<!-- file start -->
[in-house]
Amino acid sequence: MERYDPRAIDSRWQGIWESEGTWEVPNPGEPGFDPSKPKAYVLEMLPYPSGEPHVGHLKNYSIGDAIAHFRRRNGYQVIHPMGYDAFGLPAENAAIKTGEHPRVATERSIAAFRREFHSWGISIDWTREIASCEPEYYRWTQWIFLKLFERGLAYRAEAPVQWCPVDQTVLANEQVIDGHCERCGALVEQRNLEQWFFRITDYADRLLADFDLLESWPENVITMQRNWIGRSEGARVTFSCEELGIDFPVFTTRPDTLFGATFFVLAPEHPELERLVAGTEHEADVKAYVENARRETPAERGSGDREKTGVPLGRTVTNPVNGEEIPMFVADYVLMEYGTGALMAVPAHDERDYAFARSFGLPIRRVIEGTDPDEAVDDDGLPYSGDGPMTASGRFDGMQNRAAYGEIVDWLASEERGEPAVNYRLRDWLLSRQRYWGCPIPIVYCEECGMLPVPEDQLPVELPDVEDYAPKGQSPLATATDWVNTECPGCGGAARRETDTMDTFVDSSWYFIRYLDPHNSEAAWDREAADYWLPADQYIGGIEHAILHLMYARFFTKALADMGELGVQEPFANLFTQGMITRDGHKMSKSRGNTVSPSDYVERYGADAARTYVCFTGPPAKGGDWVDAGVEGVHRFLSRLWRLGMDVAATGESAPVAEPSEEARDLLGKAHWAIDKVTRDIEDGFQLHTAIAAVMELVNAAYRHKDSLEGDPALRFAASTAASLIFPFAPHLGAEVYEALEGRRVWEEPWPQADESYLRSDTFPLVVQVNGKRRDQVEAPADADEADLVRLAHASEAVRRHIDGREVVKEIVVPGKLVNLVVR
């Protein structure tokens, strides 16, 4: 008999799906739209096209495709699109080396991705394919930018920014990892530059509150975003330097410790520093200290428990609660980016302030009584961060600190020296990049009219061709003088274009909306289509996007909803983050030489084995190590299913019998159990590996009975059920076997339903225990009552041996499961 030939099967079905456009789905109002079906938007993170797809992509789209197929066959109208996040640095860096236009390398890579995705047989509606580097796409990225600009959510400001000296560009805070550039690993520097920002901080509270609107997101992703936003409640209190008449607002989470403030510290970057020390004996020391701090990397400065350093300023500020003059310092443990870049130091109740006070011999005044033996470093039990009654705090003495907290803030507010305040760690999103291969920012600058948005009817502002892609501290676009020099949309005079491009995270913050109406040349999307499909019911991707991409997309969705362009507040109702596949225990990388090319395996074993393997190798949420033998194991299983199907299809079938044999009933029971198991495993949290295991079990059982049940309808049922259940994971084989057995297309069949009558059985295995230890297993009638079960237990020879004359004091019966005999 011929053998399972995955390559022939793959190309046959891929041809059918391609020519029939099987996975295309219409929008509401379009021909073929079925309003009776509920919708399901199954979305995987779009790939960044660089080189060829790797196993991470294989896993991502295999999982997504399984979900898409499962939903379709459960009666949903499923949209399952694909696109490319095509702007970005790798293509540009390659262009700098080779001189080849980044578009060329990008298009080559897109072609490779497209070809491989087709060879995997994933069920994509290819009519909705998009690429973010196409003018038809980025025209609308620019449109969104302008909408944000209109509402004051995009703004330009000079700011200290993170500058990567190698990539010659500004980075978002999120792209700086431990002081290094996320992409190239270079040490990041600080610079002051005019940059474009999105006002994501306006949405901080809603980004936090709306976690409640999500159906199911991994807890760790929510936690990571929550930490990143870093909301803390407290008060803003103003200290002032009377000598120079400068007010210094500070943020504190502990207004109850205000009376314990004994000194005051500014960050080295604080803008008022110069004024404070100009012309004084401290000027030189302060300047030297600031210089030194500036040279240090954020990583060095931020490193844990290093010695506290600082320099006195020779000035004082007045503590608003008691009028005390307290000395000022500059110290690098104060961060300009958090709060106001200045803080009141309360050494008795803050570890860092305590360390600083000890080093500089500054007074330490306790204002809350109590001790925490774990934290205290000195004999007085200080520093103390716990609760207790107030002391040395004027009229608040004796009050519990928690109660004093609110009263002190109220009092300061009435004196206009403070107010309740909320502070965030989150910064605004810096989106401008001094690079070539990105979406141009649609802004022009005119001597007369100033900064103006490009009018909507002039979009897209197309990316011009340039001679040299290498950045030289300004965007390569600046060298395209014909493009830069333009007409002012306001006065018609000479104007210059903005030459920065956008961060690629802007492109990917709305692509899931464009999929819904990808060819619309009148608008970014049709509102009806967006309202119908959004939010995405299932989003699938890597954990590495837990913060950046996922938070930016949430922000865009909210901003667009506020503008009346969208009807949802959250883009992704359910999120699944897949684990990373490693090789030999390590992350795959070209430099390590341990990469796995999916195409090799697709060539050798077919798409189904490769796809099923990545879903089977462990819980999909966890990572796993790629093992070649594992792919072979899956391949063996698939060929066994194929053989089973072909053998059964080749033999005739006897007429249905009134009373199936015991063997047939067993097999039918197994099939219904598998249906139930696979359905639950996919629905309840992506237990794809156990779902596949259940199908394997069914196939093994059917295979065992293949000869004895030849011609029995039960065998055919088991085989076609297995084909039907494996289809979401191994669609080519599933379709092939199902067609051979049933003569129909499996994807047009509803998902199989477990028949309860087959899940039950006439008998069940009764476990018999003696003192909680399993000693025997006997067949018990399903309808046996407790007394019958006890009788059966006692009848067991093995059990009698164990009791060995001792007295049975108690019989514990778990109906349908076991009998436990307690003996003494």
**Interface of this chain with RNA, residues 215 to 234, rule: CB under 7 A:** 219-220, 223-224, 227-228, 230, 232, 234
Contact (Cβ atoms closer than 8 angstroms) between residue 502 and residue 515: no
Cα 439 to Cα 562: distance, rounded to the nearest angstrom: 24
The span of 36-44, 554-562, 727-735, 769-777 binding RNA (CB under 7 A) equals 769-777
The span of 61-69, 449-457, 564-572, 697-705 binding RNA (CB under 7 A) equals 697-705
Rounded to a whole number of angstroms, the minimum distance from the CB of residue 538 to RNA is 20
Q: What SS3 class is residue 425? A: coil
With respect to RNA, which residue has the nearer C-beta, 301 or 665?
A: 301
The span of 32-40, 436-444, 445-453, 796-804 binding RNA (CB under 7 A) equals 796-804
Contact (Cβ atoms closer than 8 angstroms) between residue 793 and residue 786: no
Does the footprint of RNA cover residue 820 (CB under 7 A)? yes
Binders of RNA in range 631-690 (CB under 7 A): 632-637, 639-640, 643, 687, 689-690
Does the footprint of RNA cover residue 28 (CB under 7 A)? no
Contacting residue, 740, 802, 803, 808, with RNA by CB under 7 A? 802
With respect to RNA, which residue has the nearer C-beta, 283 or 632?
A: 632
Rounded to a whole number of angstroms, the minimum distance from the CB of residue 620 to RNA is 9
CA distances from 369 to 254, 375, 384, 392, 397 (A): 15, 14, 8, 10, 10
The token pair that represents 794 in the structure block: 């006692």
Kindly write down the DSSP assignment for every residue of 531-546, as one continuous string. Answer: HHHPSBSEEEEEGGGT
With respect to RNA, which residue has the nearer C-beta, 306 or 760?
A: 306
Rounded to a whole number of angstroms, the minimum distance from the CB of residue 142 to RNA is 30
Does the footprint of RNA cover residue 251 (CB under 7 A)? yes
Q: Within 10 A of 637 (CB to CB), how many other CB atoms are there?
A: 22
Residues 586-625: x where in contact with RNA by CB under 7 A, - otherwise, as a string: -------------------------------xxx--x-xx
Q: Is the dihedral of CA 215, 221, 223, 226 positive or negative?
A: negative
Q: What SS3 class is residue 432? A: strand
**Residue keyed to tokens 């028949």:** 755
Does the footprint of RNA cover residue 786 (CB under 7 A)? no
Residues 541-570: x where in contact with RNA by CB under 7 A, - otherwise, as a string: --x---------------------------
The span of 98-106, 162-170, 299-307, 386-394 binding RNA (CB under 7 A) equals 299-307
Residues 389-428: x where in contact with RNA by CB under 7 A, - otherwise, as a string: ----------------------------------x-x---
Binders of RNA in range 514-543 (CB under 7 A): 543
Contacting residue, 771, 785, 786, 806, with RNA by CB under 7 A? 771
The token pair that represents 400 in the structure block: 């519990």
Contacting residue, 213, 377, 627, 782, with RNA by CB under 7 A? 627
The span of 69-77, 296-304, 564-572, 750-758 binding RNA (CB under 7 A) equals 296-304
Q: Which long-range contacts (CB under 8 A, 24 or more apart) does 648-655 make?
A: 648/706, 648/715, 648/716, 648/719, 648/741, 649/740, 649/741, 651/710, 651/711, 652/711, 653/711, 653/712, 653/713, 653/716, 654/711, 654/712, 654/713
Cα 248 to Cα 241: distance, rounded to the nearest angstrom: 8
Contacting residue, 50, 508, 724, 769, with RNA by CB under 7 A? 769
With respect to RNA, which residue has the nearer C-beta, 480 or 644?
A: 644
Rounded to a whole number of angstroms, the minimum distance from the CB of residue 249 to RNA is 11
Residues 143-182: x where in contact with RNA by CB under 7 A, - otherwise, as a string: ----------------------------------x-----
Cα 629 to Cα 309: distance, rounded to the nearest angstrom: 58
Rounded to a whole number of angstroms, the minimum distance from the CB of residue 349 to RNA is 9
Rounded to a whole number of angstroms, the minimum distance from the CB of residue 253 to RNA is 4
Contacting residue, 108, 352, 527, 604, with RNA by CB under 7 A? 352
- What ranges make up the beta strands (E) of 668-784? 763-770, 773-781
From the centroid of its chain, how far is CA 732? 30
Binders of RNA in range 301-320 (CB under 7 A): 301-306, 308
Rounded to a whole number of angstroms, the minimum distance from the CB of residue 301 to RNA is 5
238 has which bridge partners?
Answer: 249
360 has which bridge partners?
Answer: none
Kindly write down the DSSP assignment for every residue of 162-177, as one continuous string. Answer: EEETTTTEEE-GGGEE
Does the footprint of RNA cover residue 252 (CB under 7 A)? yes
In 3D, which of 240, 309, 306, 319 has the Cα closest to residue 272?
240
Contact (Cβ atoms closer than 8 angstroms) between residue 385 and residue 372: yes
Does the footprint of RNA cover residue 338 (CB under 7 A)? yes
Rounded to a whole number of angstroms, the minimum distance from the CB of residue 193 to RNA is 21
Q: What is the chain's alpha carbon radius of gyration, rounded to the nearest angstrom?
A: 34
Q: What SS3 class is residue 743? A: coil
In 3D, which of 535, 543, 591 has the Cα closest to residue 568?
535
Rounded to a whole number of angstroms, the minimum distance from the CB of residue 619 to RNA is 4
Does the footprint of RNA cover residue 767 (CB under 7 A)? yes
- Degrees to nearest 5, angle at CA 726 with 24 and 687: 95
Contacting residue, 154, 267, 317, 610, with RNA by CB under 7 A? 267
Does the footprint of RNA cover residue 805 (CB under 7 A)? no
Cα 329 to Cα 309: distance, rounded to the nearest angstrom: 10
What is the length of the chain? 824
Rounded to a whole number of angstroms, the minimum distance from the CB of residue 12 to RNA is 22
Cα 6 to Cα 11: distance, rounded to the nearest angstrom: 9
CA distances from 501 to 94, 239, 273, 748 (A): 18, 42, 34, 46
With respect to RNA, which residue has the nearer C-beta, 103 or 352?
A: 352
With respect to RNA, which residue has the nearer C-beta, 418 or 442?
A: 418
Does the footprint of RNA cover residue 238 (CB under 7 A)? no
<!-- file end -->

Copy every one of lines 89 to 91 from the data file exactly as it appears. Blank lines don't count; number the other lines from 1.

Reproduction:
With respect to RNA, which residue has the nearer C-beta, 418 or 442?
A: 418
Does the footprint of RNA cover residue 238 (CB under 7 A)? no